The healthcare worker was reportedly infected by two different variants, Delta and Omicron. The woman took her first positive PCR test, and then less than three weeks later spotted symptoms like a cough and fever. On taking another test the woman found she had another positive test. This is the shortest recorded time period for reinfection.
The woman is triple jabbed and was asymptomatic for the first round of infection. The first positive test was picked up through routine healthcare testing.
Her case, which is being presented to the European Congress of Clinical Microbiology and Infectious Diseases in Portugal, is believed to be the shortest known gap between infections.
Dr Gemma Recio, of the Institut Catala de la Salut in Spain, said this case highlights the potential of the Omicron variant to evade the previous immunity acquired either from a natural infection with other variants or from vaccines.
She said: “In other words, people who have had COVID-19 cannot assume they are protected against reinfection, even if they have been fully vaccinated.”
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The study author added: “Nevertheless, both previous infection with other variants and vaccination do seem to partially protect against severe disease and hospitalisation in those with Omicron.”
The NHS says if you catch Covid again you should try to stay at home and avoid contact with other people if you get symptoms and you either have a high temperature or do not feel well enough to go to work or do your normal activities.
The health body says: “Try to stay at home and avoid contact with other people even if you’ve had a positive test result for COVID-19 before.
“You probably have some immunity to the virus but it’s not clear how long it lasts. Take extra care to avoid close contact with anyone who is at higher risk of getting seriously ill from COVID-19.”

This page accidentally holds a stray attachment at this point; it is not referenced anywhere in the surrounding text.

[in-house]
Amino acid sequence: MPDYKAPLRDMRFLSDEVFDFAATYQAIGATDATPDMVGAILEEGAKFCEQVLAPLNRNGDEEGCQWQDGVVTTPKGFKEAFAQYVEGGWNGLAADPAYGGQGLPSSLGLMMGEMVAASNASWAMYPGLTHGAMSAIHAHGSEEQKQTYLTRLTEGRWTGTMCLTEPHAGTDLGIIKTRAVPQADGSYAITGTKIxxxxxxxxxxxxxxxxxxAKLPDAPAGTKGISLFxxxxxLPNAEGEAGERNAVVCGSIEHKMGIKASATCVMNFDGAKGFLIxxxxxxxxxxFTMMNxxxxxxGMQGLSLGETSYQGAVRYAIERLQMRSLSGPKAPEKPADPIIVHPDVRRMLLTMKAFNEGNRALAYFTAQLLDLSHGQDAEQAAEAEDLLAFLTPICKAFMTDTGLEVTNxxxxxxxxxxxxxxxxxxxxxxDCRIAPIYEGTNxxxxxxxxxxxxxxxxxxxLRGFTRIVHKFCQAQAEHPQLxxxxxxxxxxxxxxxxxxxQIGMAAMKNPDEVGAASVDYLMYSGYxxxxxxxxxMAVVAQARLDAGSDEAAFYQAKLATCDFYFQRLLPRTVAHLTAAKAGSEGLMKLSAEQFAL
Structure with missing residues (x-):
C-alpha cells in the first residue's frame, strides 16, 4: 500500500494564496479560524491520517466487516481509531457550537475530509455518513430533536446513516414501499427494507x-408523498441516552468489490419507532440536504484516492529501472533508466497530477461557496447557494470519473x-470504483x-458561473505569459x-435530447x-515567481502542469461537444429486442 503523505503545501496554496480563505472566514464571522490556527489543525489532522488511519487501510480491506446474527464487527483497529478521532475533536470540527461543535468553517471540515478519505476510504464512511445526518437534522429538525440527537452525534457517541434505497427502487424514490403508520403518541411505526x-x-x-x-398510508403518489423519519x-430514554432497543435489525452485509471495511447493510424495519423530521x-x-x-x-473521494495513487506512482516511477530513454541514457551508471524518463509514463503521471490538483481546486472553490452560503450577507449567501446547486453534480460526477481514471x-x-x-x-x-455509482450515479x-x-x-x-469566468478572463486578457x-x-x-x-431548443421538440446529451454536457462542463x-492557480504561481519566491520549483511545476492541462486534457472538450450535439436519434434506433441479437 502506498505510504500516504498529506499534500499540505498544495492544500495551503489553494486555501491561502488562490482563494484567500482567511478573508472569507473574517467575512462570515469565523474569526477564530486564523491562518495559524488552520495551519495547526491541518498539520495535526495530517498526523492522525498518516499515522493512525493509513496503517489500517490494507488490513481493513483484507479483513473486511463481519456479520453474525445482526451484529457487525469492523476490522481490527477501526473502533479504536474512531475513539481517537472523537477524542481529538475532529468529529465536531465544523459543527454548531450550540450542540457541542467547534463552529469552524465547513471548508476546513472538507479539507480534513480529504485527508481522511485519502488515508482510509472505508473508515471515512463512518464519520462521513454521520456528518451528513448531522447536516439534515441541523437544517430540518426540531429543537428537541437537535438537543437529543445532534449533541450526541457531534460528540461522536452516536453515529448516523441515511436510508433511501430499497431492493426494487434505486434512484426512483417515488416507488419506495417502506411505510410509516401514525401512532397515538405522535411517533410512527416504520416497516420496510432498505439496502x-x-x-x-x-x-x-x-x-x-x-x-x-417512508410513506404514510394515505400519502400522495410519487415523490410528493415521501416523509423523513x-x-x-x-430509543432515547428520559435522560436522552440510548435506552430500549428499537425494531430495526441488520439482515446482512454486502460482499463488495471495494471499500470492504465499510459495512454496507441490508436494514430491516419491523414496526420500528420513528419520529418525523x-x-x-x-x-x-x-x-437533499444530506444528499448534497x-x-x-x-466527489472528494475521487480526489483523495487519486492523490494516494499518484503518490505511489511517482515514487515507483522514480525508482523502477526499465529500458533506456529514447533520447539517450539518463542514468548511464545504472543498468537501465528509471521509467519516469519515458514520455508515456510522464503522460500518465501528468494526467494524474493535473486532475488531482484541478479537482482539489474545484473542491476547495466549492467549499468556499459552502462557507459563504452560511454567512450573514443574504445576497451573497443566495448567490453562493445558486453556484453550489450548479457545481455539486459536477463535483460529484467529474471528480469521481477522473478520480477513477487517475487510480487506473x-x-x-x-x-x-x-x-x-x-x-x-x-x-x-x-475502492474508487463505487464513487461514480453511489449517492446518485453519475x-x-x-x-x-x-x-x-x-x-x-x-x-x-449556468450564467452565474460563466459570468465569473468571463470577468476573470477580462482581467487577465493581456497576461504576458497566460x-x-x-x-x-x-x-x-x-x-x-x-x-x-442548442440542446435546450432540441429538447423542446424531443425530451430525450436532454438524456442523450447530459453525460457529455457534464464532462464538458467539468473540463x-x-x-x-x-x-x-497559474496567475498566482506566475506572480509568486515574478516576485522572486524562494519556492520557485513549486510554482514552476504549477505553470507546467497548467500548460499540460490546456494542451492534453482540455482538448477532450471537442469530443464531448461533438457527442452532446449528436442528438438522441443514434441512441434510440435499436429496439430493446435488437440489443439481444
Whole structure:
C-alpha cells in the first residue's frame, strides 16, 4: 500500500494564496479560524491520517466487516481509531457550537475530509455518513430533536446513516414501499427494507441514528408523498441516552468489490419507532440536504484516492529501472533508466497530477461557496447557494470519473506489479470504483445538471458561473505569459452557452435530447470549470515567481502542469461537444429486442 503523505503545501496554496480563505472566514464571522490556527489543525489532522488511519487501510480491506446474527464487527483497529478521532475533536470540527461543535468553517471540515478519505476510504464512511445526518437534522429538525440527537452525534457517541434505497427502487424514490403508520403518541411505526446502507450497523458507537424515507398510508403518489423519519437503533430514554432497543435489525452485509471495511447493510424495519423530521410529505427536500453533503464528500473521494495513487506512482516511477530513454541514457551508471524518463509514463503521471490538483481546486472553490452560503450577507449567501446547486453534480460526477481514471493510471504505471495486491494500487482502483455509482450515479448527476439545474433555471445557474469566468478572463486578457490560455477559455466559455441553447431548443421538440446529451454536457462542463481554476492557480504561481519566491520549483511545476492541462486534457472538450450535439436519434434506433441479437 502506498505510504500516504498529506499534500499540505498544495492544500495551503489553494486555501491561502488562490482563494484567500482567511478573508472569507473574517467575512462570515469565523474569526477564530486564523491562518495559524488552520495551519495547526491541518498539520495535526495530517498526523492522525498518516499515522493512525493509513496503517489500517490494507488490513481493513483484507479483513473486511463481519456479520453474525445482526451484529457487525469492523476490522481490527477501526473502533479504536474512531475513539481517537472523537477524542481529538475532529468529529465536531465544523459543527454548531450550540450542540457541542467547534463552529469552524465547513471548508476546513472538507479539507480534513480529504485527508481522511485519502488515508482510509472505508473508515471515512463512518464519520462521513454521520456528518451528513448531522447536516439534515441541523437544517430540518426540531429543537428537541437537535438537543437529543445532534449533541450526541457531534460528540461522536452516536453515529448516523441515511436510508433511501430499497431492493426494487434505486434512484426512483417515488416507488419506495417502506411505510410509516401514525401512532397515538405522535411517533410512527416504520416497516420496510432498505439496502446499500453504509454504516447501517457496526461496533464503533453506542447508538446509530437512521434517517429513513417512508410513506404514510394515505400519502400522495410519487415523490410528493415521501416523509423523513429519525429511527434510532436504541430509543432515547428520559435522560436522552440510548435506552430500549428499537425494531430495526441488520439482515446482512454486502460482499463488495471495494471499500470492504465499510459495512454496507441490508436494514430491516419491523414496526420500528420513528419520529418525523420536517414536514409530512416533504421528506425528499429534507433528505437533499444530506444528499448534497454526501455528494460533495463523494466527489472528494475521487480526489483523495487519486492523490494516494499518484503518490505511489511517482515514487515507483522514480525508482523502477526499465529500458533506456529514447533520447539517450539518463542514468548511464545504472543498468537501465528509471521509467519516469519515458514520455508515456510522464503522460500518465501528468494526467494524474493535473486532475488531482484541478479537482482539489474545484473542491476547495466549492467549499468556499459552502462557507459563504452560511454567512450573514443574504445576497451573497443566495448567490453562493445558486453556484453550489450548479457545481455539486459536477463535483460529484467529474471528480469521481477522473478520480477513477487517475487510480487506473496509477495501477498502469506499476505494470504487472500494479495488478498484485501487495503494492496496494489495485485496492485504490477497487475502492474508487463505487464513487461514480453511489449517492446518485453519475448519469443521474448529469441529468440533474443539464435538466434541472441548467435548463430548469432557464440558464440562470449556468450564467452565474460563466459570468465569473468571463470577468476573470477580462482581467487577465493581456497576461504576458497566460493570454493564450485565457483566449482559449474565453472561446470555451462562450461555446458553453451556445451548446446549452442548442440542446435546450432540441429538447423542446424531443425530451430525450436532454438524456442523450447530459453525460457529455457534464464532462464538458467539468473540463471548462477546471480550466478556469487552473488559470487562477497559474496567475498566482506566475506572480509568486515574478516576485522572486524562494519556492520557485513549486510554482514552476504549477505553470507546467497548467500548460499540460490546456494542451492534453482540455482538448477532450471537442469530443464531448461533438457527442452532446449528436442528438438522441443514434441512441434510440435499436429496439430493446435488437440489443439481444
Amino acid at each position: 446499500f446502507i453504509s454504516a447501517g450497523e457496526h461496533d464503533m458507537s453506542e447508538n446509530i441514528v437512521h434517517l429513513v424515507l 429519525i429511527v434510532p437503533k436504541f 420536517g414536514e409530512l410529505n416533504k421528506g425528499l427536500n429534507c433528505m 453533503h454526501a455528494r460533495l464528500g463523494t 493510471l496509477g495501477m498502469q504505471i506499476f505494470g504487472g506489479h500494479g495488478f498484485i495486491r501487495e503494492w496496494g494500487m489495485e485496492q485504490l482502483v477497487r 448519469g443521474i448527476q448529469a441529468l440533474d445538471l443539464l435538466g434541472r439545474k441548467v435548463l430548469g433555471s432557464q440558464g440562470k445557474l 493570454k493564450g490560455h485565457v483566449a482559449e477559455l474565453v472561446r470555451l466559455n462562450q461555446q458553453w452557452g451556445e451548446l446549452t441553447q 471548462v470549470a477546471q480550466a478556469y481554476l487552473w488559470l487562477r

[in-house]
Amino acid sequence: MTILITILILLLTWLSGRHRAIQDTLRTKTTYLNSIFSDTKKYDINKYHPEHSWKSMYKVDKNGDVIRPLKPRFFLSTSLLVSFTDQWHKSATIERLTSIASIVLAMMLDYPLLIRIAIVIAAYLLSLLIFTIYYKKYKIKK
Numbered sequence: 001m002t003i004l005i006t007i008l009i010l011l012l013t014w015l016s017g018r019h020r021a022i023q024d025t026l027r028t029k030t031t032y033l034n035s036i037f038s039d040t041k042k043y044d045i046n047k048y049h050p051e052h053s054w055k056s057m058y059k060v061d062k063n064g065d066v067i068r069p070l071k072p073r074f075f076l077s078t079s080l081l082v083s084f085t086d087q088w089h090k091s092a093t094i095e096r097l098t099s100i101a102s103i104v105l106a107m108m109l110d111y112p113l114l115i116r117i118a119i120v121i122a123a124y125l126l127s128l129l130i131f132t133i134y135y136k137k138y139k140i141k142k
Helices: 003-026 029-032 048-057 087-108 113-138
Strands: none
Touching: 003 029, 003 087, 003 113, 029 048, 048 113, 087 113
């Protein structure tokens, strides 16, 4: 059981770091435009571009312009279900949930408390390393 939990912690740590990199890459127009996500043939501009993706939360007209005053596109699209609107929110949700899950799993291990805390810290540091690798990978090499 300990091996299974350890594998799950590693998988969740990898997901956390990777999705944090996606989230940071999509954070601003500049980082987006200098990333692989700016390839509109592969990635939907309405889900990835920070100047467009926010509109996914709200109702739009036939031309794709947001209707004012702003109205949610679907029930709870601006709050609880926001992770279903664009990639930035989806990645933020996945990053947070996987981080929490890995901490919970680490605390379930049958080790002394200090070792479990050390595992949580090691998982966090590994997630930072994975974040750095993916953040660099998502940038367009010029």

The health body says you can go back to your normal activities when you feel better or do not have a high temperature.
The UK Government says if you have previously tested positive for COVID-19, you will probably have developed some immunity to the disease.
However, it notes this cannot be guaranteed that everyone will develop immunity, or how long it will last.
It adds: “It is possible for PCR tests to remain positive for some time after COVID-19 infection.”
The UK Government says: “If you have previously received a positive COVID-19 PCR test result within the last 90 days and you are identified as a contact of someone with COVID-19 you should not take a PCR test.
“You should only take a PCR test if you develop any of the main symptoms of COVID-19.”
The NHS notes free testing for COVID-19 from the NHS has ended for most people in England. If you have symptoms of COVID-19, you are no longer required to do a rapid lateral flow or PCR test.
“If you still want to get tested and you’re not eligible for a free NHS test, you must pay for a COVID-19 test yourself,” explains the health body.
The NHS says symptoms of coronavirus (COVID-19) in adults can include:
- A high temperature or shivering (chills) – a high temperature means you feel hot to touch on your chest or back (you do not need to measure your temperature)
- A new, continuous cough – this means coughing a lot for more than an hour, or three or more coughing episodes in 24 hours
- A loss or change to your sense of smell or taste
- Shortness of breath
- Feeling tired or exhausted
- An aching body
- A headache
- A sore throat
- A blocked or runny nose
- Loss of appetite
- Feeling sick or being sick
The health body says the symptoms are very similar to symptoms of other illnesses, such as colds and flu.